Astonishing: AI Brings A Selfie-Friendly Salvador Dali Back To Life At His Florida Museum

May 22, 2019 by Dave Haynes

Hat Tip Kevin Cosbey/Arrow for spotting this project …

This is flat-out astonishing – a museum that used AI deep fake technology to bring a dead artist back to virtual life at the museum built in his honor.

The Dali Museum in St. Petersburg, Florida partnered with Goodby Silverstein & Partners to create an Artificial Intelligence experience that lets visitors interact with Salvador Dali, who’s been gone for more than three decades.

AI software took old videos of Dali and painstakingly recreated the man in accurate visuals and voice.

As INAVATE reports:

Over 1,000 hours of machine learning was required to perfect the system, analysing his likeness, speech and writings to create a representation of Dalí that mimics the finest details of the artist’s movements and speech.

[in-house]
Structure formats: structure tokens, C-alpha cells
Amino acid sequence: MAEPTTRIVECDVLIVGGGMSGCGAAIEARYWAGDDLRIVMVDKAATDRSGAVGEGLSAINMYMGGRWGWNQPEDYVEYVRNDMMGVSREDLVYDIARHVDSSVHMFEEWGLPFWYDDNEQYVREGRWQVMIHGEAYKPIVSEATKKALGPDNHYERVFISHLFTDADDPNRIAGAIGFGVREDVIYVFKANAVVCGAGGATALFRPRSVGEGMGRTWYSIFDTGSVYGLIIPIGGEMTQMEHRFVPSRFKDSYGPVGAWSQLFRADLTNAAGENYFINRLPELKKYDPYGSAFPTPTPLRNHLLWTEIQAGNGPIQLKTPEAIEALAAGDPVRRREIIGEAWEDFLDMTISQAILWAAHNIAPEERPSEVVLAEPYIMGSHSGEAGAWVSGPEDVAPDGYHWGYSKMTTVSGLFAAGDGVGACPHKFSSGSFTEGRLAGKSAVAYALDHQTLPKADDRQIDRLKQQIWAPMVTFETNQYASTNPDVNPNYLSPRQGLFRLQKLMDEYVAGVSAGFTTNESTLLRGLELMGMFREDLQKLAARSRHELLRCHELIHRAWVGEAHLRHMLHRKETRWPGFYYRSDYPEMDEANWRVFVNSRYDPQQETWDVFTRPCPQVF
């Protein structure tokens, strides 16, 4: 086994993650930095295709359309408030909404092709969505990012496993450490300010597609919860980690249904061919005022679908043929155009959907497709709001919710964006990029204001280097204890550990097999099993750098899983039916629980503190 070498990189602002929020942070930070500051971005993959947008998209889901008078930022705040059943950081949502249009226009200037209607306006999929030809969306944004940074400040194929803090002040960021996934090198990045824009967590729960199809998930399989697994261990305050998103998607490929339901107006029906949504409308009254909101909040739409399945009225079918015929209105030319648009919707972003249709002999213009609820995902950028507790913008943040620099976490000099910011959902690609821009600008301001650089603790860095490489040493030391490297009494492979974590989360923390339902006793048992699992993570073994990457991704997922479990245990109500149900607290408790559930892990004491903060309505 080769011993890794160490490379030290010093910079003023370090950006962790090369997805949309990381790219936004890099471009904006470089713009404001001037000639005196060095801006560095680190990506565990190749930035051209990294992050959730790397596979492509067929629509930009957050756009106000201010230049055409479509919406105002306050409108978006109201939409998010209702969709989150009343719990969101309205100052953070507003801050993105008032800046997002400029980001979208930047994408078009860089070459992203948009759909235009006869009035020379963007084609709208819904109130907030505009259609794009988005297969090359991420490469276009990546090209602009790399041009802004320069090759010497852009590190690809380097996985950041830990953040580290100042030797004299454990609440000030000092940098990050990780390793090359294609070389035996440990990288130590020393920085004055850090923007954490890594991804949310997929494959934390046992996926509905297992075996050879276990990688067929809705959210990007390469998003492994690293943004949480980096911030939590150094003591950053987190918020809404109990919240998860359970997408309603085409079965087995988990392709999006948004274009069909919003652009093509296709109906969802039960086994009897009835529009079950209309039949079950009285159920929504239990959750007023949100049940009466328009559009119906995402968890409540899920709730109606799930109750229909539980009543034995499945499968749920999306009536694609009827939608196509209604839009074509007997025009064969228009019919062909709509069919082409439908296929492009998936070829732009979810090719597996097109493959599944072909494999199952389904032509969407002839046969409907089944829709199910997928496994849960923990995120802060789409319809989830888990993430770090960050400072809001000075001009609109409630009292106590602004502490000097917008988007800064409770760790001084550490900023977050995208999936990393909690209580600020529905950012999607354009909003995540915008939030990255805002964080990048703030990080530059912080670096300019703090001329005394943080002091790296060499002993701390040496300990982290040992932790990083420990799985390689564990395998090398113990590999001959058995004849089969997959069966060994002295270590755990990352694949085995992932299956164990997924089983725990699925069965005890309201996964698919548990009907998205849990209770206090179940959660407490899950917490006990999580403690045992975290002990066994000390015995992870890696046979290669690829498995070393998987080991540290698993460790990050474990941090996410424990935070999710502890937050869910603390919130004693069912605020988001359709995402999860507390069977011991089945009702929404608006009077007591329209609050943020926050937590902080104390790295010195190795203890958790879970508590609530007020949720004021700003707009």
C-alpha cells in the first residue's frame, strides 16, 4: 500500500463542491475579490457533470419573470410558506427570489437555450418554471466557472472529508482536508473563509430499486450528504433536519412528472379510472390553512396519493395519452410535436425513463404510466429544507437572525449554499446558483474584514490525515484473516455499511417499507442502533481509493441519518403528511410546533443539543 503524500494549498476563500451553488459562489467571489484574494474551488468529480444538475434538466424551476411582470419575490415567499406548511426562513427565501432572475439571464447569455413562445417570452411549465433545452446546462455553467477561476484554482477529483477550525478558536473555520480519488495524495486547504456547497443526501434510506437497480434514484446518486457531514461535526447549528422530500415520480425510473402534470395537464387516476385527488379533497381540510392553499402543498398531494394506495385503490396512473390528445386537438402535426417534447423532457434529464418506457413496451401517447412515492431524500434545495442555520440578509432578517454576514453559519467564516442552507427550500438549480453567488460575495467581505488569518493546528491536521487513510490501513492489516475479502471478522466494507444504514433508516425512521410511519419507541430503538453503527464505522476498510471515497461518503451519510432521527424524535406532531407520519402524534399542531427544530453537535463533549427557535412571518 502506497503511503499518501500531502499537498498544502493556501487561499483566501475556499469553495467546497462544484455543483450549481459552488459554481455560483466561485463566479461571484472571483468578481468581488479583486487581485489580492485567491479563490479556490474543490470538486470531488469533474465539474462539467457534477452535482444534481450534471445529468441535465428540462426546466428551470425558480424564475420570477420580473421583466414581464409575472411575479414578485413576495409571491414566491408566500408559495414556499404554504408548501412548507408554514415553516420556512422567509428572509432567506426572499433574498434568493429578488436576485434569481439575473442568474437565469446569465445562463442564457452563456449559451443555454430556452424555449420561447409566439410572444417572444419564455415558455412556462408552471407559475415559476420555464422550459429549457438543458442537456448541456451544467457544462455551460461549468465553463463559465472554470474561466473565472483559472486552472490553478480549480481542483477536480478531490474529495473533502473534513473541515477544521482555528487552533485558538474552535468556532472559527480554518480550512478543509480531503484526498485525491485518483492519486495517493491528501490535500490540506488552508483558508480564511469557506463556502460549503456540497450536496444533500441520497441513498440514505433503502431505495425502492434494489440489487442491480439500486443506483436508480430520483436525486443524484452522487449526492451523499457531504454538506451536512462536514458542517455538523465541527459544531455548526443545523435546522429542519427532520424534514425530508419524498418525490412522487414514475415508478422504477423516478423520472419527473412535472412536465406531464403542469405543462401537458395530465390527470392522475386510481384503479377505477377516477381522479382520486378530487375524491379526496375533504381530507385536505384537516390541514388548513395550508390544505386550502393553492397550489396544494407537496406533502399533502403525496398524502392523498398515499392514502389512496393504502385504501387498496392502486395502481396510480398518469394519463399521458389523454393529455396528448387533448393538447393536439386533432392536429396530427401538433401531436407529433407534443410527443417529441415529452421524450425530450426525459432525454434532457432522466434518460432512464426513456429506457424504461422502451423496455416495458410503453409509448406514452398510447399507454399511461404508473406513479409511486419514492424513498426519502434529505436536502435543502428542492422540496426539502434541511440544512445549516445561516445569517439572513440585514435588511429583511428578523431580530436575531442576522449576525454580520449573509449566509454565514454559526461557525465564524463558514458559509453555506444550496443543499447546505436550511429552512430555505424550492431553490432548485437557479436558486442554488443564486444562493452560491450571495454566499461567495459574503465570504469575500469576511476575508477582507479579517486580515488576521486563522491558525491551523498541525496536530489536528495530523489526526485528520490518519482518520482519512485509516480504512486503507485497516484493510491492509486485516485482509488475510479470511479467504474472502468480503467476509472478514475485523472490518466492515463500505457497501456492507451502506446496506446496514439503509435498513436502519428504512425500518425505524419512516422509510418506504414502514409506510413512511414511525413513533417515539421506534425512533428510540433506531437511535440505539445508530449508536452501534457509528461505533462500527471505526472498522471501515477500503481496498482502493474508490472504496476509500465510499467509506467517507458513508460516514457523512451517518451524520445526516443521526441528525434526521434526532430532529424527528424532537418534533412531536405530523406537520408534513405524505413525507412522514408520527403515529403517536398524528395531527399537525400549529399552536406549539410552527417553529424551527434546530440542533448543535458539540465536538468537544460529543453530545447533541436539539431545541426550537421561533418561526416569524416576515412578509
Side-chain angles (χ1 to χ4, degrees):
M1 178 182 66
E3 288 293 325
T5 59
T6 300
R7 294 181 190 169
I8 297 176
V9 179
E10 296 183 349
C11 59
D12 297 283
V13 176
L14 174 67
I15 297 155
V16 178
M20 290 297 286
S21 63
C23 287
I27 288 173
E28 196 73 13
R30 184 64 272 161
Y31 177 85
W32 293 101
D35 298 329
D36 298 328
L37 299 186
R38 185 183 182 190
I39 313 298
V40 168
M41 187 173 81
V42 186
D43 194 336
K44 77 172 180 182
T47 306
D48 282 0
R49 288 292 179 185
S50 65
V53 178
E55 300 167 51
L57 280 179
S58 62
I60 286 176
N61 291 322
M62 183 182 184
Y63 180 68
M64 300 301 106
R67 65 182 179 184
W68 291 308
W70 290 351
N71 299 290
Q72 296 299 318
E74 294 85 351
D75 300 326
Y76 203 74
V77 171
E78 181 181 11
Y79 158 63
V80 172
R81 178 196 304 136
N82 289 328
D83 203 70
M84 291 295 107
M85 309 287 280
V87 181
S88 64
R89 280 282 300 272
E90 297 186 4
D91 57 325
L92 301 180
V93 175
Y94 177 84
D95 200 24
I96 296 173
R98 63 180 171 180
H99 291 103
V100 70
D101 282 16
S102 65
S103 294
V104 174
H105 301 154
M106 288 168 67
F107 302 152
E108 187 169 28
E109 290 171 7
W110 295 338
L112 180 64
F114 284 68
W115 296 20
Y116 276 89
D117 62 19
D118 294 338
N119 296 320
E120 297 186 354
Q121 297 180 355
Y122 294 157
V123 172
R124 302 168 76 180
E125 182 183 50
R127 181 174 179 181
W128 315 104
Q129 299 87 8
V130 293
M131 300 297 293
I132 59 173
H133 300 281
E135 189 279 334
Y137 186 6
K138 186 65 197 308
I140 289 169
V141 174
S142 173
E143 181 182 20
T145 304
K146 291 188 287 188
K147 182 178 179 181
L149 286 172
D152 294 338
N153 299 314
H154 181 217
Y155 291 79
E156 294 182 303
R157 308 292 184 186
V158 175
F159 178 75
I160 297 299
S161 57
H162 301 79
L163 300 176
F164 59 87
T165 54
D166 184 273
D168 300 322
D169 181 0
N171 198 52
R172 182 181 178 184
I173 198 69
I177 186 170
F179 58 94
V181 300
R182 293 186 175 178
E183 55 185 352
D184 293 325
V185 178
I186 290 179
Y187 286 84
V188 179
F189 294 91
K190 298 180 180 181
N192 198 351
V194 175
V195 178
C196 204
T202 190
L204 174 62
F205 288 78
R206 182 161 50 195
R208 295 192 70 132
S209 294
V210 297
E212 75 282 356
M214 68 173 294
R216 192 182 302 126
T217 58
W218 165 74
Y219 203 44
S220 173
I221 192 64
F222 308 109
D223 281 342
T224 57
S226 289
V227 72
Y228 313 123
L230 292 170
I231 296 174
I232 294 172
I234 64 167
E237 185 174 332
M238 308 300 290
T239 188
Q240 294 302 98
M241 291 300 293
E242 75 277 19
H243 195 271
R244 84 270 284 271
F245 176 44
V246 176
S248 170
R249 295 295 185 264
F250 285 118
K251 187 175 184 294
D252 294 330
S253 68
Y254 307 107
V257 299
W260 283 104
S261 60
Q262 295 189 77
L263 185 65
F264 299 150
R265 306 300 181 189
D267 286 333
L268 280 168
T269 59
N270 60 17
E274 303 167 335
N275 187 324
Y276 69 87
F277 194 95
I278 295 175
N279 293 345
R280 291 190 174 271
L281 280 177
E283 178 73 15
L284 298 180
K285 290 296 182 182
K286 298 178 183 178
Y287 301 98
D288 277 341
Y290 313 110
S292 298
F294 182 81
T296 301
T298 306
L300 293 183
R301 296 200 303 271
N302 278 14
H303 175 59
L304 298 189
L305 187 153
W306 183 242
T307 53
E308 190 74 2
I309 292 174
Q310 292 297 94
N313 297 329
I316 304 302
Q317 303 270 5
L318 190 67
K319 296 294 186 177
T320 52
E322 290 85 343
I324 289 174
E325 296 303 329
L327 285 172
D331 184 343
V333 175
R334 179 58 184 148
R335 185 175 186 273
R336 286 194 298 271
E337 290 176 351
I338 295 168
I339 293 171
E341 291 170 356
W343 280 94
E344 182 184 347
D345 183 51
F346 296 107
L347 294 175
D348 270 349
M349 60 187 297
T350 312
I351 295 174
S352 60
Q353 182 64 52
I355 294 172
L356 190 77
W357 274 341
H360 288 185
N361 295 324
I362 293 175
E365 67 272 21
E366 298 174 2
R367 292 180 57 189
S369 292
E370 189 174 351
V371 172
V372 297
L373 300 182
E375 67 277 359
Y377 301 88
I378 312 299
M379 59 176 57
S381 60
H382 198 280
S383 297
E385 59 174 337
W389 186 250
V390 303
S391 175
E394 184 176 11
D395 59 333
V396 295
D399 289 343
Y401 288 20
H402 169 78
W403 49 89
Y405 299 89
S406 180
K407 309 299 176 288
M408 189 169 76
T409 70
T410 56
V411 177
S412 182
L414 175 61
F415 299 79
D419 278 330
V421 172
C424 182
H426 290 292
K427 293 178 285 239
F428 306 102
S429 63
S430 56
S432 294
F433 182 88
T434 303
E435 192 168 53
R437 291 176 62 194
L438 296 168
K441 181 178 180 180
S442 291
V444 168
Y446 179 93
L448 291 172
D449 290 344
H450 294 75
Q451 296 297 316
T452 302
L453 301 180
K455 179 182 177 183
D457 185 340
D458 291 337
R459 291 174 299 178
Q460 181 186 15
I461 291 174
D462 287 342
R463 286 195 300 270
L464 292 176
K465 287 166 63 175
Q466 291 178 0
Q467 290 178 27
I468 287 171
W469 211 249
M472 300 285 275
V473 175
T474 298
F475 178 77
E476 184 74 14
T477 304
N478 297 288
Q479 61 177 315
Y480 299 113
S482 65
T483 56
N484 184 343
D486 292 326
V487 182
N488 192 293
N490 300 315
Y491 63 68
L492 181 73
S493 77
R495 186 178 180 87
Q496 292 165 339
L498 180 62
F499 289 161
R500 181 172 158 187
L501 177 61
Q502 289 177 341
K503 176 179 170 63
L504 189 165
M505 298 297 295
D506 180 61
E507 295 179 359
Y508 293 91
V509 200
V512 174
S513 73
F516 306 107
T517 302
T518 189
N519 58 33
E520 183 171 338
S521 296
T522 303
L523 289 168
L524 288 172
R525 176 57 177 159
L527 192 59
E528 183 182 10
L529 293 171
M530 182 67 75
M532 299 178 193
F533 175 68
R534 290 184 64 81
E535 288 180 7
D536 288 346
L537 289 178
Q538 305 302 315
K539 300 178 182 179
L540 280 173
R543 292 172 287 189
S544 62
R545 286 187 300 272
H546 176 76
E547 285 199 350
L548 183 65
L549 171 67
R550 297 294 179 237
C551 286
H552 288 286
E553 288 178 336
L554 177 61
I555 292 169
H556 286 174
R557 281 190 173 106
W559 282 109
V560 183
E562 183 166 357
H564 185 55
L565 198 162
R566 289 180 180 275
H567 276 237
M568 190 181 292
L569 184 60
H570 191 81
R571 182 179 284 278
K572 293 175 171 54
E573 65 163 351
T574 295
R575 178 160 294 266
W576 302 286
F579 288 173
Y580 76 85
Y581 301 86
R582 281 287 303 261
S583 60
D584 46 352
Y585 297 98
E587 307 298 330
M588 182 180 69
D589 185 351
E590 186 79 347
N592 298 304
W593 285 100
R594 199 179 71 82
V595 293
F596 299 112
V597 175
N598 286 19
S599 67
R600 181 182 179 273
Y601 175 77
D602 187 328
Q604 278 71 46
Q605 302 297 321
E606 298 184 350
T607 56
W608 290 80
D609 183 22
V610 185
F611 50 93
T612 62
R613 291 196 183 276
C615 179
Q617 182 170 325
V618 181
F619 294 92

An actor with an identical body shape was used in combination with the AI superimposed over the actor, incorporating an additional voice actor  

Three interactive, life-size screens were used in the Dalí Museum in St Petersburg, Florida, with 125 interactive videos and 190,512 combinations of movement and speech to engage visitors in a way previously unexplored in the art world to provide an experience that is unique and personalised to each visitor.

As a final surprise in true Dalí surrealist fashion, visitors have an opportunity to take a selfie with Dalí, taken on the virtual artist’s own phone.

Watch the video:

The selfie thing at the end is sooo clever!

No end of really bad shit is probably coming our way in the next US election, that will uses deep fake tech to have candidates and others say things they didn’t actually say, but this project shows it has some capabilities that are positive.

Award nominee, all the way …

  1. Kevin Cosbey says:

    Thanks for the shout out, Dave!

  2. Brad Gleeson says:

    Very cool. I am guessing this digitization is time consuming and expensive, but also something that can (and will) eventually be automated and accessible to the broader market. How it gets used (and abused) will be interesting to observe.

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